My First iOS App

October 28, 2012

I had quite a downer after I finished the first version of an iPad application.

I talk me into thinking that this is quite normal if you work for months towards a single goal (to submit the application to Apple in that case), and then get somewhat depleted.

Sadly, I feel nothing yet. I am not proud of it and I don't really identify myself with this application (why should I anyway). May be because it was not my idea or may be just because it is actually a very simple application for what I think I have taken too much time to develop.

Sure, iOS was completely new to me and by using MonoTouch and a cross development solution that lets me use Visual Studio (most importantly Resharper), I've added another layer on top of what I've actually had to learn.

And, honestly, from a developer's perspective, iOS is a piece of crap. Everything besides the animation system is not worth of a positive note.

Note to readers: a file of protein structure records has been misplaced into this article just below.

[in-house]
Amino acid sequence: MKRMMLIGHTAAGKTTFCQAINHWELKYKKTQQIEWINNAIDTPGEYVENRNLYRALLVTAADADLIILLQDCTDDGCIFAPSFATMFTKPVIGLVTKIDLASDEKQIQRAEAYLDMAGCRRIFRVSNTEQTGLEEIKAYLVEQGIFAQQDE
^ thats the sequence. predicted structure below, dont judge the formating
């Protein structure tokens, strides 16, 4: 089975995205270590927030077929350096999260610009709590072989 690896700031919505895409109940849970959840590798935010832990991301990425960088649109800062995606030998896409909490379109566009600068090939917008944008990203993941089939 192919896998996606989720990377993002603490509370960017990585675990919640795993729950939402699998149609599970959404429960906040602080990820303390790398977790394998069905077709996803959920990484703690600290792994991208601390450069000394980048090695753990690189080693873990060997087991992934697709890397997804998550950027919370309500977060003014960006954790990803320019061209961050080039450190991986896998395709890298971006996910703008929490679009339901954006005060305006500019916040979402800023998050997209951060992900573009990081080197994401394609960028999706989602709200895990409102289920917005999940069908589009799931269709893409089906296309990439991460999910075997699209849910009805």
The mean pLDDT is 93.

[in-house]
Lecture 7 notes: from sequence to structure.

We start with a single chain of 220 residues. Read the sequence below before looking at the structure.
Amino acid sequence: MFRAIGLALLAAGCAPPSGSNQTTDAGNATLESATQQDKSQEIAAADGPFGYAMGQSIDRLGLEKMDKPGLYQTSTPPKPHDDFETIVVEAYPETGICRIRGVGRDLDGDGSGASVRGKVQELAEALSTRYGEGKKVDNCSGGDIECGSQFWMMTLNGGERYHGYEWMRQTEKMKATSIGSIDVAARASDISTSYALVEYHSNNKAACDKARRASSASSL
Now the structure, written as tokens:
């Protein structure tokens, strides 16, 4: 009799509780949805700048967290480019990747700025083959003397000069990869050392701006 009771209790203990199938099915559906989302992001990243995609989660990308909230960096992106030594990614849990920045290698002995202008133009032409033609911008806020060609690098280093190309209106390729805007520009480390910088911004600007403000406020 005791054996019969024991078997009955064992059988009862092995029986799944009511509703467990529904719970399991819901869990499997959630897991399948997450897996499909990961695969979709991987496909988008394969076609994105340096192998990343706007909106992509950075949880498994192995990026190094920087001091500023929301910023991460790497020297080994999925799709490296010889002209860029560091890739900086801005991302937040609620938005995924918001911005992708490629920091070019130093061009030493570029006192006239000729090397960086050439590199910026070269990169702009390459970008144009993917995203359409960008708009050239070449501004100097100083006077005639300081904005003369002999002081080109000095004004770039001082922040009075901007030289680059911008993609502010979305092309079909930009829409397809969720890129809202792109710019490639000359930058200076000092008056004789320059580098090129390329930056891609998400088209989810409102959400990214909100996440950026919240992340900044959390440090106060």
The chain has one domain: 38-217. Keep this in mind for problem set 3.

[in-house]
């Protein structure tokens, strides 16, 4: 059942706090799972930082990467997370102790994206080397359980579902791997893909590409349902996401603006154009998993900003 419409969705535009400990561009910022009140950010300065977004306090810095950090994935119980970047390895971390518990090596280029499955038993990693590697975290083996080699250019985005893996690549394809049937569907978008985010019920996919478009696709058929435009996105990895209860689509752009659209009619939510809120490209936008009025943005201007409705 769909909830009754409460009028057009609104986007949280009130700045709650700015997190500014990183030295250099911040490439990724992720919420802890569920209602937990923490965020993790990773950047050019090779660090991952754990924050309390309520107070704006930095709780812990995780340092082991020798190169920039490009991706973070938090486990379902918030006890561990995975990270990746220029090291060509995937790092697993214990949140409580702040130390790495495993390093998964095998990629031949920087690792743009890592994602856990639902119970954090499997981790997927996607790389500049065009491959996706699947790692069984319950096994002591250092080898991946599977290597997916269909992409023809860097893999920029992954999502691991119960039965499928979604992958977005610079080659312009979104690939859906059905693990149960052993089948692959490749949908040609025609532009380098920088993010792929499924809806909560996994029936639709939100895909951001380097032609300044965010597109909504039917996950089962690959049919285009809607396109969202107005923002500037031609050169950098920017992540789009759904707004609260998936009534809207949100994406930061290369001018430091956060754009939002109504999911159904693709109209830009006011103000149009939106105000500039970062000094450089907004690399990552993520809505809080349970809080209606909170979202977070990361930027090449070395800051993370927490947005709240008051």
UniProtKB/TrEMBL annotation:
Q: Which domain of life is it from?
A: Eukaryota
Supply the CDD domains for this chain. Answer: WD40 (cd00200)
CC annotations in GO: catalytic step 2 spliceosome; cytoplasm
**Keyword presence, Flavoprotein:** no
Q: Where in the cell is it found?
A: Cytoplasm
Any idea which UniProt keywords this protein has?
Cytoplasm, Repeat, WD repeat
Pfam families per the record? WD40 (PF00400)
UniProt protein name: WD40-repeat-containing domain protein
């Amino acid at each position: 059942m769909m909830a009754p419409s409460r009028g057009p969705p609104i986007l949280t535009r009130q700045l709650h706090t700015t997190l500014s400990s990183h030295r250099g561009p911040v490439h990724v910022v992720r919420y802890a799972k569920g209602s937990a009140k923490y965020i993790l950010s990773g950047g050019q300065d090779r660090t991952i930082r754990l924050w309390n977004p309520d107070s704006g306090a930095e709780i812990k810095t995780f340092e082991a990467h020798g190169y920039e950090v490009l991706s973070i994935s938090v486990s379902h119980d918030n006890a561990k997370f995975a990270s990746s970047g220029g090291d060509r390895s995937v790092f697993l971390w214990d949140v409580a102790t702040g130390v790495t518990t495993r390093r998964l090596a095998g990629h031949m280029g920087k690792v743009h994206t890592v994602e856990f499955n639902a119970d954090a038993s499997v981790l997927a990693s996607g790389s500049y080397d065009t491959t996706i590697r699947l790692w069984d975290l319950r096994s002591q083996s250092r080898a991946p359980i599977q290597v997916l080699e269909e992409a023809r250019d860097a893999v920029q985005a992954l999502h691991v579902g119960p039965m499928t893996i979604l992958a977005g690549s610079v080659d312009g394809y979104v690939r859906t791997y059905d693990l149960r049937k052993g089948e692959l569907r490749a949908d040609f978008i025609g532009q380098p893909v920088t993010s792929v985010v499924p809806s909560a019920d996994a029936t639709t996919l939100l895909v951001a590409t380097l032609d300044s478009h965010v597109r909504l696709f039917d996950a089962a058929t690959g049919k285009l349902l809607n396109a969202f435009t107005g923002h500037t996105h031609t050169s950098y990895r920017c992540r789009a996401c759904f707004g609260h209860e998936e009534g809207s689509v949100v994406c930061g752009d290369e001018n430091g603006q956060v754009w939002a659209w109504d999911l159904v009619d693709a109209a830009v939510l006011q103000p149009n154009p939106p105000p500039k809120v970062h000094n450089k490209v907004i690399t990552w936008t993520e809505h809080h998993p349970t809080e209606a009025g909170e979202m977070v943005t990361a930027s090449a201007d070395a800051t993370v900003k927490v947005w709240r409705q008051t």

Some APIs are so desasterous, that you need over 300 lines of code to call 5 methods reliably. In this extreme example, Apple uses continuation passing style methods that invoke callbacks from an undefined thread, and in addition, the objects passed to the callbacks may get invalid at any time, even within a session in the current thread. To resolve that, I needed help from Xamarin (thanks guys), and after I understood the underlying madness of the implementation, it took me days to find a reliable way to handle all the corner cases. This is not how APIs should be designed!

And I fear Android will be no different.

API usability is going downhill at a rate I've never seen before, and the average quality of the Applications seem to reflect this.

That said, there are not many operating systems or user interface APIs that I really do like, but now, after programming OS X and iOS for a while, I am beginning to appreciate Microsoft APIs, even though they hard to use and sometimes expose a quite unexpected behavior.

Compared to the creativity that Apple puts into their APIs to kill developer productivity, Microsoft is a choir boy.